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Epilepsy And The Community

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We are delighted to share this report from Juliet Anyanzwa, valued member of the Kenyan Word Forest Team; it shines a light on how difficult having a disability can make things and how simple acts of kindness and inclusion can really transform someone’s life. The woman’s name has been changed to protect her privacy.

Epilepsy is a disorder of the brain characterised by repeated seizures. A seizure is a sudden alteration of behaviour due to a temporary change in the electrical functioning of the brain. 

Pendo is 39 years old and the mother of five kids. At the age of 2 years, she was diagnosed with epilepsy. Her parents did casual work and therefore couldn’t afford money for her treatment. 

No one wanted to associate with her at school and that traumatised her so much. 

Due to the situation, she dropped out of the school. 

Pendo lived a discouraged, hopeless and helpless life, thinking that it was a punishment from God.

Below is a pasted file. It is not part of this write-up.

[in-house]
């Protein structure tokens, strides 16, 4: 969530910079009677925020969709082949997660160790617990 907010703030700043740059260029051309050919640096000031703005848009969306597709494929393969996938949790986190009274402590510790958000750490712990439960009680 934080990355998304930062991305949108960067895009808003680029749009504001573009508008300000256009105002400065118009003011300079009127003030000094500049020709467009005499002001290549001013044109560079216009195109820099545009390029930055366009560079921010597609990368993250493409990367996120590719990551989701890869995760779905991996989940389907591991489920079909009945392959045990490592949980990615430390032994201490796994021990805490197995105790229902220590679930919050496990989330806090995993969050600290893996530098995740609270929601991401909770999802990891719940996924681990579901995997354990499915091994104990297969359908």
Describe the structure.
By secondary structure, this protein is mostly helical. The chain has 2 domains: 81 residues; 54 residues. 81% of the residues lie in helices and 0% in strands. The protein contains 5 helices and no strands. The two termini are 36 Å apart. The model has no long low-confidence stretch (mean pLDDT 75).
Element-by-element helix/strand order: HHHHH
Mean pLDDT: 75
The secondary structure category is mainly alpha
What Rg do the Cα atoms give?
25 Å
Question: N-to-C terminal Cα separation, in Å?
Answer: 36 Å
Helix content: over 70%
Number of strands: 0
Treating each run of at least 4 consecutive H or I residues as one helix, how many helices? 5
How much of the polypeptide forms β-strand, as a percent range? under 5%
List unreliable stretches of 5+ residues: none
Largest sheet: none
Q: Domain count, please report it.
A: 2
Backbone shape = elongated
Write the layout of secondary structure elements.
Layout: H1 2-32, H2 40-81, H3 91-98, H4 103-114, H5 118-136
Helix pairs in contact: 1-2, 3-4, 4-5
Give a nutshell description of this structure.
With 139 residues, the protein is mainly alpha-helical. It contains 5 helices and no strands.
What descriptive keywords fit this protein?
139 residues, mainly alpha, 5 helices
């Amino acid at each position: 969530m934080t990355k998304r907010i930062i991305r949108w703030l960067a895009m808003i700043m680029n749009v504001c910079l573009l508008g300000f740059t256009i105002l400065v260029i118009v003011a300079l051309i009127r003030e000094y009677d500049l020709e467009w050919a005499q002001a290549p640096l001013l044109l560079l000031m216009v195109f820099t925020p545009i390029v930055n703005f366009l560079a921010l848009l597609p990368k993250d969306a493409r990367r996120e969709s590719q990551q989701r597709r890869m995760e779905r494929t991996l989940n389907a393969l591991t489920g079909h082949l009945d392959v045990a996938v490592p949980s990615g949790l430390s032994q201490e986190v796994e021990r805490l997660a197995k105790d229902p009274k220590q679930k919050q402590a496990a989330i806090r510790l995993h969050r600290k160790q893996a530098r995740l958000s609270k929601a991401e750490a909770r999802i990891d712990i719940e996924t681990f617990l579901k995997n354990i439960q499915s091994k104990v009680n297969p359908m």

One morning her parents left her alone to go to the farm, leaving her to do the household chores. As she was cooking porridge, she had a seizure, only to wake up and find herself with burns and bruises all over her body and bleeding from her mouth. 

That became part of her life. 

At the age of 19, she got married because she thought she was becoming a burden to her family. Primary health care was something they couldn’t afford. When she was still with her parents back home, her mother would help her with household chores, unlike when she was married, when Pendo had to do the chores by herself. She persevered and endured a lot of challenges. Besides her husband loving her, some things were beyond his control. 

Pendo searched for casual work but all was in vain due to her condition. She and her husband lived a life of struggle which made her insecure. 

We were building an edible classroom at the Permaculture Teaching Centre, so she came and asked for a job. The foreman hesitated, but he was advised by the office to take her on. 

Pendo was employed for seven weeks and she was very grateful. 

She invested money on her farm and had a remarkable harvest. 

Pendo’s life has changed. The kids are now in school and they can manage to put food on the table. 

Pendo expressed her deepest appreciation and gratitude to the Word Forest for showing love and care. 

Word Forest has really helped and inspired many people in our community. Through its principles and ethics, Word Forest has tirelessly empowered women despite their conditions. 

I personally have learnt and felt the love and care without discrimination. 

Juliet Anyanzwa and the Kenya Team

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